Cities with the Worst Traffic in the U.S.
A record number of Americans will travel for the Fourth of July holiday. More than 43 million are expected to hit the road, according to AAA, an increase of 1.3 percent over last year. Depending on where they’re going, the road trip can be extended by several hours.
Inrix, a global company that provides information about road traffic, and TomTom, a navigation system maker, have recently released their annual index and scorecard about the cities in the U.S. with the worst traffic.
Inrix has ranked the places based on the average number of hours wasted in traffic while TomTom calculated the congestion level in each city – that is the extra travel time on both highways and non-highways anytime of the day vs. free-flowing conditions.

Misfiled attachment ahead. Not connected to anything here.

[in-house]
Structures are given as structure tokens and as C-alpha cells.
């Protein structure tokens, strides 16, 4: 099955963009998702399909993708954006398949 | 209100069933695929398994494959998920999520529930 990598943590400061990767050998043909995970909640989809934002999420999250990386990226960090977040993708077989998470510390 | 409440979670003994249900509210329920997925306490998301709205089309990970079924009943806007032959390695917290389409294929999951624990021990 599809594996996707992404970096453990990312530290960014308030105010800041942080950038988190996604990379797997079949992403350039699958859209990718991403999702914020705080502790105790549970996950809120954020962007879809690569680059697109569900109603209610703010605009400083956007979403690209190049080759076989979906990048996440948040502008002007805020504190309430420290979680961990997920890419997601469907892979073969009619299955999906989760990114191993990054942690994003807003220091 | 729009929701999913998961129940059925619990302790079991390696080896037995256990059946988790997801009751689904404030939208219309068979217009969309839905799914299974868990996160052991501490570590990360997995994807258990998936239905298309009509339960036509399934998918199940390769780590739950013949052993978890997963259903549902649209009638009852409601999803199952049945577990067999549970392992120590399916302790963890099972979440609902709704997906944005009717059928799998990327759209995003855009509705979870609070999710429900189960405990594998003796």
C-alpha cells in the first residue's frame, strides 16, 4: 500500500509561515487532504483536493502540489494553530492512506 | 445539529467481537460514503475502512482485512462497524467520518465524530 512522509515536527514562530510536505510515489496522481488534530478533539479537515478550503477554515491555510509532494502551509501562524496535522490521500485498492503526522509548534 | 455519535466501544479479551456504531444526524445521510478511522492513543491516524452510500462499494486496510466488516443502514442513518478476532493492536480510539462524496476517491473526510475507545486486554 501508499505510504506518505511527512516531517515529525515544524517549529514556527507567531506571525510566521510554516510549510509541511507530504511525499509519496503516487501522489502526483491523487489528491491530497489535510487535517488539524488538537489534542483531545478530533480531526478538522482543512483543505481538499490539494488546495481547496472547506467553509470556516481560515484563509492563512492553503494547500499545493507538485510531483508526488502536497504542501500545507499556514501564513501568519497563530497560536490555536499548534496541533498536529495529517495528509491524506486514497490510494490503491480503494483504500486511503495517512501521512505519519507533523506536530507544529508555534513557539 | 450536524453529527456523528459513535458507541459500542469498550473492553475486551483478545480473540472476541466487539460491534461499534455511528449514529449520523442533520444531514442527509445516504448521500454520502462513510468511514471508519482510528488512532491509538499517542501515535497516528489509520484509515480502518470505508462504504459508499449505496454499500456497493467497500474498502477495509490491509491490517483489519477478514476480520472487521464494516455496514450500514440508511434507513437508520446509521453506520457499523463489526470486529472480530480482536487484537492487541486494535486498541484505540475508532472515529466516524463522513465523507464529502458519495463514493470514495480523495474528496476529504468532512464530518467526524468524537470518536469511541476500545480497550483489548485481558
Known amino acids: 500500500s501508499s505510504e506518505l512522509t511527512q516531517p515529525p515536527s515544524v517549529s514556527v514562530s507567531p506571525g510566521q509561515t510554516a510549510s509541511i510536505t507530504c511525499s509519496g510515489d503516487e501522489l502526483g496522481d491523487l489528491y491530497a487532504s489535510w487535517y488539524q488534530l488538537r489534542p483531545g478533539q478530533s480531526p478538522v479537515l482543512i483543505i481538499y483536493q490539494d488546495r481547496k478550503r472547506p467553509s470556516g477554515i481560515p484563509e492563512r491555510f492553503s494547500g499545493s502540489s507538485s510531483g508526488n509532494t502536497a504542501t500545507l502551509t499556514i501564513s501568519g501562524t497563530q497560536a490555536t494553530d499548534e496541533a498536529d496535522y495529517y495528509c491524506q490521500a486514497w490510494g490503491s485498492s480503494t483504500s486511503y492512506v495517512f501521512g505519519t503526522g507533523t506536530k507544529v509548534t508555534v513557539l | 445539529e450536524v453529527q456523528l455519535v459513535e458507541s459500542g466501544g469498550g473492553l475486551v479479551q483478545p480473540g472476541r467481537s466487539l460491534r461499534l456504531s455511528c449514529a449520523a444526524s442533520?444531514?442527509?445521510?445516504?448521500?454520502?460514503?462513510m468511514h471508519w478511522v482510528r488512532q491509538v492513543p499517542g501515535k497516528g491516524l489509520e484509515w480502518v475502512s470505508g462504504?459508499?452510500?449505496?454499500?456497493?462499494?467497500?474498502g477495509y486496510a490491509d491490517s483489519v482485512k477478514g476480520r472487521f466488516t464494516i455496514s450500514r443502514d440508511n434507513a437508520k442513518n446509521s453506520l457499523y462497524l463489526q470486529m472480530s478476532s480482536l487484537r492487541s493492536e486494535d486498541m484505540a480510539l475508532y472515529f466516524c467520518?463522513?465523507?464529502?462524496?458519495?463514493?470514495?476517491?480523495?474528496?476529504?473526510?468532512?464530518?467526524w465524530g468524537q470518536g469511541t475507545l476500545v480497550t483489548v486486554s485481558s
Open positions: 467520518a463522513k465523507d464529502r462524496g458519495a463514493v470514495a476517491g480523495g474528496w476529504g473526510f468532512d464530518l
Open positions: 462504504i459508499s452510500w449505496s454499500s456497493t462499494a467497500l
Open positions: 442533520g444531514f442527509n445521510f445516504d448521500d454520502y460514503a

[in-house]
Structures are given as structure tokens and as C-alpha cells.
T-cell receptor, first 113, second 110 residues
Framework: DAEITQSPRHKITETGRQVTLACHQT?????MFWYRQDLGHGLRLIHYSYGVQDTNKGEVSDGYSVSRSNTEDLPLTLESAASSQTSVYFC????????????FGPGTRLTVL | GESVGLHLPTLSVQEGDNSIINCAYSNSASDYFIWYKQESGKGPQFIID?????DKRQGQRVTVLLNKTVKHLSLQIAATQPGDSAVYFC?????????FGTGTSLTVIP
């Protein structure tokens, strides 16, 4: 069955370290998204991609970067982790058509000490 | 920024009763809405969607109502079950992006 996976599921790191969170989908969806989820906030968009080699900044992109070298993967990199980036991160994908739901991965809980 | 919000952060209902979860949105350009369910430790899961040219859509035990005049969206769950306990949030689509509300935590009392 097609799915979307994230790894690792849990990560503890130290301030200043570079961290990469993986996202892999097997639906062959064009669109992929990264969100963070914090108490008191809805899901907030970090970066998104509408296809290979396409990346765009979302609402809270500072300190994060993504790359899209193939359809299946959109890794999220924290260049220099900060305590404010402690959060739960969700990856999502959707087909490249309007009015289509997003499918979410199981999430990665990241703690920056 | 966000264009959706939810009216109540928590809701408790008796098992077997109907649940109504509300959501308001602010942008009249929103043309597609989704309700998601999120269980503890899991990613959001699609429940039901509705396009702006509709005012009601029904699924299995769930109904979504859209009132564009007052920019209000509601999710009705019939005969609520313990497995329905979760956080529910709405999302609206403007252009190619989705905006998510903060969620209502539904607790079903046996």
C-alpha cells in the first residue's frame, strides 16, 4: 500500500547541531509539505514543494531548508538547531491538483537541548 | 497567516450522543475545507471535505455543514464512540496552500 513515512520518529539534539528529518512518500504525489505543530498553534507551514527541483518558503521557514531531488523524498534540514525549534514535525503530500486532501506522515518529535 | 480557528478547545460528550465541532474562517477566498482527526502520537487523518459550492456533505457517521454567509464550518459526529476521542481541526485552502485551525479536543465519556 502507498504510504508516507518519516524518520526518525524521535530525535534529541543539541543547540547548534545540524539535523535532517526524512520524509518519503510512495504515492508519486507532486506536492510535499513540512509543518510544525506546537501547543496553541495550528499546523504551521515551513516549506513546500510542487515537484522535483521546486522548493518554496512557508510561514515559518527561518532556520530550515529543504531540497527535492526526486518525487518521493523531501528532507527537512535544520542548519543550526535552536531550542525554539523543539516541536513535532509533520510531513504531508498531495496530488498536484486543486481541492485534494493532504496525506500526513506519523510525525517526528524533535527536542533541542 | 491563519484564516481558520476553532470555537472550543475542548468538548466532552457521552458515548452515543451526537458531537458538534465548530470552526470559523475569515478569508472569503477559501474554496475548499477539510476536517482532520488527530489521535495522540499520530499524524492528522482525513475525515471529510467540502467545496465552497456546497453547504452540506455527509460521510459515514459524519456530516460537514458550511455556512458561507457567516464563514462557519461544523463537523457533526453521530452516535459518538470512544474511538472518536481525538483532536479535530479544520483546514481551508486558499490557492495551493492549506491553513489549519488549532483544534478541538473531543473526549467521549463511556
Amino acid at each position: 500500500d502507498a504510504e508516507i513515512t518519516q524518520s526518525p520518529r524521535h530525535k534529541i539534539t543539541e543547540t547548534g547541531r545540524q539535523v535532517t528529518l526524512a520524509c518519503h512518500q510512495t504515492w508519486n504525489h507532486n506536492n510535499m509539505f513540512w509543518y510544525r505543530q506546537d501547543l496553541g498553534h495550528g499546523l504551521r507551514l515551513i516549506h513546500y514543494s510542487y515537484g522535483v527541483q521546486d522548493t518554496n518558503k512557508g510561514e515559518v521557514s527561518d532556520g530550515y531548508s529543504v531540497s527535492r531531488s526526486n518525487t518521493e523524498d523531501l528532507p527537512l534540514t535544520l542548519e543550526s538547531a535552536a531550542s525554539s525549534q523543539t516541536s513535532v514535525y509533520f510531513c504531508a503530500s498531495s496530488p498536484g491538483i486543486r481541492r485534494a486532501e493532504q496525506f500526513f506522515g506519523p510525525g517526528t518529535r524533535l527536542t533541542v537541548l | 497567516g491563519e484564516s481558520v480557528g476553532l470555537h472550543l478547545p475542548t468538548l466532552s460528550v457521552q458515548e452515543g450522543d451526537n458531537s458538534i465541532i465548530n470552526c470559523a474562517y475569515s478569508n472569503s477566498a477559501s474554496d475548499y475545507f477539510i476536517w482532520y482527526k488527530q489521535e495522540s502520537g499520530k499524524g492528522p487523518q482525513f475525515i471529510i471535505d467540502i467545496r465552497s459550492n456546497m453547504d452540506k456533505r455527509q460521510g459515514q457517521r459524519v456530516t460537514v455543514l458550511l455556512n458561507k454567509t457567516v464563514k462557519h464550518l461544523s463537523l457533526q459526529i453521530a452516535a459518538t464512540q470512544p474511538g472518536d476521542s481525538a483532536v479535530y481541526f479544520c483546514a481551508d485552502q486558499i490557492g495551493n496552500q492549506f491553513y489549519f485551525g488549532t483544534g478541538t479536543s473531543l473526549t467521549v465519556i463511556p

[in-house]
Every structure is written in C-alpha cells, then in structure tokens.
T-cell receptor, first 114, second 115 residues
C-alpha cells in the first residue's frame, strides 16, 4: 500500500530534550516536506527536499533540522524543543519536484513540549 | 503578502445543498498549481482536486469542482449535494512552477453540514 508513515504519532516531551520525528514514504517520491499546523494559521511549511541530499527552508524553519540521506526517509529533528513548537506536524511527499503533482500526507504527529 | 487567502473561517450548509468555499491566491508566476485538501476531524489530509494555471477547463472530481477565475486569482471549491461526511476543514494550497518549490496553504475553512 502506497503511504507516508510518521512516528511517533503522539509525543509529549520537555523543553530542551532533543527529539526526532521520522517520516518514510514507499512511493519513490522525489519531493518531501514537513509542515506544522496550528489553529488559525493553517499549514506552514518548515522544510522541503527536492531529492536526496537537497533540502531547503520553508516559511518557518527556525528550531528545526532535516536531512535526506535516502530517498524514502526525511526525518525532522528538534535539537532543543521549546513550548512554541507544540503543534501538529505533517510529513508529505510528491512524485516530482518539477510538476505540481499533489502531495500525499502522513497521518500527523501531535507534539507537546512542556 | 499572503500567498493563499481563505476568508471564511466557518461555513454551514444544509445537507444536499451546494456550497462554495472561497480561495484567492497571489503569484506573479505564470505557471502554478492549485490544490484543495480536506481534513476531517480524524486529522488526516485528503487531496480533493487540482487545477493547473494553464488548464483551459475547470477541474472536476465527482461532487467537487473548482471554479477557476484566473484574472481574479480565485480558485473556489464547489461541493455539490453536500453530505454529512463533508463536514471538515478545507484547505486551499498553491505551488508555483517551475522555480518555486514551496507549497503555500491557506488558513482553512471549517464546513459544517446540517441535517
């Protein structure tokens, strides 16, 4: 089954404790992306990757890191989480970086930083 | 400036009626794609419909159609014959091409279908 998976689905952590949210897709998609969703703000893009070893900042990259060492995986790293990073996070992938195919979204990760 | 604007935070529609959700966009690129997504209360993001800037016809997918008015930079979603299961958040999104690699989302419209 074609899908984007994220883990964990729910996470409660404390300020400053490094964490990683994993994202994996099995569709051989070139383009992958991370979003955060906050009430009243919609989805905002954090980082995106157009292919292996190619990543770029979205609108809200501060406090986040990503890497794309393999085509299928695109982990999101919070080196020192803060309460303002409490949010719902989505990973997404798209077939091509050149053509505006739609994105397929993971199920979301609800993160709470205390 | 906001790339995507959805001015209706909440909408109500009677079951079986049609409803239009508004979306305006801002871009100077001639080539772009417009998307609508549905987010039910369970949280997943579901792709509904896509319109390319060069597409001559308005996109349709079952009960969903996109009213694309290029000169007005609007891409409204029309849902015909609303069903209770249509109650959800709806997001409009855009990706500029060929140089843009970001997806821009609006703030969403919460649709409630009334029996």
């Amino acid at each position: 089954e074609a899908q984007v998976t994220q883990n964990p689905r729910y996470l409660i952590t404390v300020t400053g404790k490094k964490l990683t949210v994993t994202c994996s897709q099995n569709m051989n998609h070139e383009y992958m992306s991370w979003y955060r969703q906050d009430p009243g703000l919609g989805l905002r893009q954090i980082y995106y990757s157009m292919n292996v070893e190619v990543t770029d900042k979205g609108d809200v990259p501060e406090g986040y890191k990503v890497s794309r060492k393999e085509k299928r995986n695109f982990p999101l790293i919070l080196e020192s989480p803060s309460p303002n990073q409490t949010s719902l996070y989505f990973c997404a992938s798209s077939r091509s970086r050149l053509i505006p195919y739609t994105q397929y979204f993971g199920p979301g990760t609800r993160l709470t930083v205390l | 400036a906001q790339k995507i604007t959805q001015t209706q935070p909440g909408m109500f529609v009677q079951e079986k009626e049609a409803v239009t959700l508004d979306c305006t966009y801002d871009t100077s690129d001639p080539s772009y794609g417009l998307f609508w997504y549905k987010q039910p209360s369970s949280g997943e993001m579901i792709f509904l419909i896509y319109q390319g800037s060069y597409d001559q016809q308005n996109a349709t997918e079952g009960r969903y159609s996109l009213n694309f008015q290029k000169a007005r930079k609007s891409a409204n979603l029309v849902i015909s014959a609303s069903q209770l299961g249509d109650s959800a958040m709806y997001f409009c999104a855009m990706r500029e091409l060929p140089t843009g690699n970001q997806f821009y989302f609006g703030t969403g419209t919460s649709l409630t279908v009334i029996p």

The cities most impacted by worsened traffic conditions are those that experienced the most economic improvement during the past year, according to Inrix. The average commuter spent about 50 hours in traffic in 2015. That is a total of more than eight billion extra hours stuck in traffic.
TomTom’s analysis shows that the biggest cities on the West Coast are clogged with unmoving cars on the road, but some thriving metro areas in the South are close to reaching them.